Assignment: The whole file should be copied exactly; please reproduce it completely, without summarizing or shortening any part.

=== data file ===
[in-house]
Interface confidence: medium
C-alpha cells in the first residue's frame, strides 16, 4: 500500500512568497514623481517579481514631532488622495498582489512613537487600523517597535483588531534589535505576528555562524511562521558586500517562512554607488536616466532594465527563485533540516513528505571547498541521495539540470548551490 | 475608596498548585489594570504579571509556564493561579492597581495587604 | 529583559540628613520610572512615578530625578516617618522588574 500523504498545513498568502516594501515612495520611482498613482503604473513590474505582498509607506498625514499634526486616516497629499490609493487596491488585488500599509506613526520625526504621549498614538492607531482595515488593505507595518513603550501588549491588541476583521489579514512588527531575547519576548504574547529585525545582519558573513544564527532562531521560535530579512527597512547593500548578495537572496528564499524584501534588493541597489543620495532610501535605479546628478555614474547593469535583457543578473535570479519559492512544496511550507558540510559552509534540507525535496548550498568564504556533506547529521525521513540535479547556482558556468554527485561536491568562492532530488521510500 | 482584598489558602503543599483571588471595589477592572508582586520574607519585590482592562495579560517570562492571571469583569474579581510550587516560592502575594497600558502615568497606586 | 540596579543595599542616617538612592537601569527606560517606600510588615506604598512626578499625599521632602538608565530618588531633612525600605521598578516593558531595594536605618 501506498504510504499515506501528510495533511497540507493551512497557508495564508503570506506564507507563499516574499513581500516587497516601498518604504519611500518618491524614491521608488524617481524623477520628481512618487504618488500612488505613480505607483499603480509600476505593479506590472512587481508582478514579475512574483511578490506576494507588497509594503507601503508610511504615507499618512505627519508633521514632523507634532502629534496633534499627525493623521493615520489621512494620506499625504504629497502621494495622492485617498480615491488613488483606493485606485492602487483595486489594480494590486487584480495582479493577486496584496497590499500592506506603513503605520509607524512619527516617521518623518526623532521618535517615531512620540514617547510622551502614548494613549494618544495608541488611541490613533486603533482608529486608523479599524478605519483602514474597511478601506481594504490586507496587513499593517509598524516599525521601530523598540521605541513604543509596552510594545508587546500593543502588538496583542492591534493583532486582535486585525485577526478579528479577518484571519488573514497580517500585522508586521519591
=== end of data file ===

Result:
[in-house]
Interface confidence: medium
C-alpha cells in the first residue's frame, strides 16, 4: 500500500512568497514623481517579481514631532488622495498582489512613537487600523517597535483588531534589535505576528555562524511562521558586500517562512554607488536616466532594465527563485533540516513528505571547498541521495539540470548551490 | 475608596498548585489594570504579571509556564493561579492597581495587604 | 529583559540628613520610572512615578530625578516617618522588574 500523504498545513498568502516594501515612495520611482498613482503604473513590474505582498509607506498625514499634526486616516497629499490609493487596491488585488500599509506613526520625526504621549498614538492607531482595515488593505507595518513603550501588549491588541476583521489579514512588527531575547519576548504574547529585525545582519558573513544564527532562531521560535530579512527597512547593500548578495537572496528564499524584501534588493541597489543620495532610501535605479546628478555614474547593469535583457543578473535570479519559492512544496511550507558540510559552509534540507525535496548550498568564504556533506547529521525521513540535479547556482558556468554527485561536491568562492532530488521510500 | 482584598489558602503543599483571588471595589477592572508582586520574607519585590482592562495579560517570562492571571469583569474579581510550587516560592502575594497600558502615568497606586 | 540596579543595599542616617538612592537601569527606560517606600510588615506604598512626578499625599521632602538608565530618588531633612525600605521598578516593558531595594536605618 501506498504510504499515506501528510495533511497540507493551512497557508495564508503570506506564507507563499516574499513581500516587497516601498518604504519611500518618491524614491521608488524617481524623477520628481512618487504618488500612488505613480505607483499603480509600476505593479506590472512587481508582478514579475512574483511578490506576494507588497509594503507601503508610511504615507499618512505627519508633521514632523507634532502629534496633534499627525493623521493615520489621512494620506499625504504629497502621494495622492485617498480615491488613488483606493485606485492602487483595486489594480494590486487584480495582479493577486496584496497590499500592506506603513503605520509607524512619527516617521518623518526623532521618535517615531512620540514617547510622551502614548494613549494618544495608541488611541490613533486603533482608529486608523479599524478605519483602514474597511478601506481594504490586507496587513499593517509598524516599525521601530523598540521605541513604543509596552510594545508587546500593543502588538496583542492591534493583532486582535486585525485577526478579528479577518484571519488573514497580517500585522508586521519591